Just as theism contains a huge number of organized belief systems (and a potentially infinite number of unorganized belief systems), atheism, while not a belief system in itself, includes in its definition a wide variety of beliefs systems as well. A simple lack of belief does not define a philosophy, but once one has rejected theistic systems many secular options become available, including, but not limited to Rationalism, Materialism, Nihilism, Existentialism, Humanism, and secular varieties of Eastern religion such as Buddhism, Taoism, and Jainism.

My belief system is Secular Humanism, but I am technically neither a theist, nor an atheist, as both positions are defined by their relationship to “theos” or “god,” a notion so fluid and ambiguous that I refuse to debate existence or nonexistence until it is specifically defined within the context of the conversation. This is why I’m an ignostic. “Atheism,” however, adequately describes my state of worship in that I pay no formal homage to any recognized deities.

There are those in the skeptic community, however, who would like the word “atheism” to mean something more. Some argue that ‘atheism’ shouldn’t just indicate disbelief in gods and other spiritual entities, but a complete rejection of all things immaterial. This is something I can’t do. I am not a materialist, which basically means I don’t believe everything that exists in the universe must necessarily be made of physical “stuff.” Atoms, quarks, strings, all of these things are understood to have an innately physical or ‘material’ nature. These fundamental building blocks are the substance of everything we see and touch. Still, I wonder sometimes if the fundamental nature of ideas, love, will, or consciousness—while expressed through the physical processes of brain chemistry—are in fact fundamentally immaterial. Perhaps this is why a person’s brain and body may adequately execute the processes necessary for life (a beating heart, working lungs, healthy muscles) and still lack consciousness, the “thing” that defines a lively and willful individual. Perhaps there are forces operating in the universe which cannot be reduced to physical processes, but instead exist on entirely different plane than that which may be observed through scientific methods. The universe is a big place.

I am not a materialist because I can’t know that everything—thought, love will, consciousness—is the result of interactions between strings, and quarks, and atoms, and laws. So I feel as though I need to leave the door on the issue ever so slightly ajar, in case one day someone discovers something that, much like the afore listed materials, completely alters our understanding of the universe.


The summer before my sophomore year of college I became particularly acquainted with the supernatural when I joined an urban evangelism program in Philadelphia. Twenty of us, all between the ages of fourteen and twenty, pounded the streets of ghettos and suburbs, distributing religious literature, praying with strangers, and asking for donations. In the context of this program every door interaction, every van conversation as we rode from street to street, every minor hardship and momentary victory was interpreted as a reflection of actions in the spiritual world. If a team had a particularly good day it meant that god was blessing them. If another team was plagued by van arguments it was because the devil was trying to hamper our righteous work. Lost items would be found. A particular book would do well just when we needed it to be. People would be “impressed” to give us donations or offer uncannily appropriate words of encouragement, and we would call it a miracle.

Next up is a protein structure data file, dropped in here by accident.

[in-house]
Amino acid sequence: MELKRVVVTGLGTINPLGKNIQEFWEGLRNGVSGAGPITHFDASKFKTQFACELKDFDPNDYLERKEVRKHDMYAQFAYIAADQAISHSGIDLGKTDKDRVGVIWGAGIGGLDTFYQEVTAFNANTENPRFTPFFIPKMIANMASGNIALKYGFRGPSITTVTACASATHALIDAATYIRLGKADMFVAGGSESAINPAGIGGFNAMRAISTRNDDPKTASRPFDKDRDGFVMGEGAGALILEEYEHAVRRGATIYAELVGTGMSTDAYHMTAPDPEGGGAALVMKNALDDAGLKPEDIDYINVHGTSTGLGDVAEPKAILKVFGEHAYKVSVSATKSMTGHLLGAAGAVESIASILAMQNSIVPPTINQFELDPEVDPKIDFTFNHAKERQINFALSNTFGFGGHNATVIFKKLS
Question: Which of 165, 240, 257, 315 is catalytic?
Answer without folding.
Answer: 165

Materialists argue that no phenomena has been compellingly presented which resists materialistic explanation. I agree with this. I still remember what it was like to be a part of a faith community and look at the world through a supernatural filter, but where I once saw providence I see inevitability.  Where I once saw miracles I see probability. Where I once saw answered prayer I see comforting ritual and confirmation bias. There are satisfactory explanations for everything ‘divine’ that has happened in my life, and due to the un-testable and capricious nature of the immaterial, notions about its existence are currently bound to the realm of speculation and fantasy.

Even though I am not philosophically comfortable with materialism, I won’t embrace the existence of anything immaterial without extraordinary proof. It’s not enough for me to “feel” things (while I was in the church I was always more cerebral about my faith, anyway). The inner warmth I’ve felt in the past after talking to god, the high people talked about during musical worship services, and the comfort I gained from participating in religious rituals are ultimately “all in my head.” They are real in the same way pain may be real, but in the same way nerve disease can make a person feel their skin is on fire in the absence of physical flame, my past ‘spiritual experiences’ may or may not correlate to any external reality. My emotional experiences need to be evaluated in the context of physical, social, and logical reality. Emotions are symptoms of a greater reality, not proof of a particular reality.

But the universe is a big place. 


2 thoughts on “Immaterial

  1. Pingback: Being Religious and Spiritual 1Immateriality and Spiritual experience | Stepping Toes

  2. Finally, someone who is able to explore the nuances of religious non-belief. Too many times Atheism and Agnosticism and various others are confused and combined and straw manned. It’s so frustrating. You combat that though by being clear and providing examples. Cheers.

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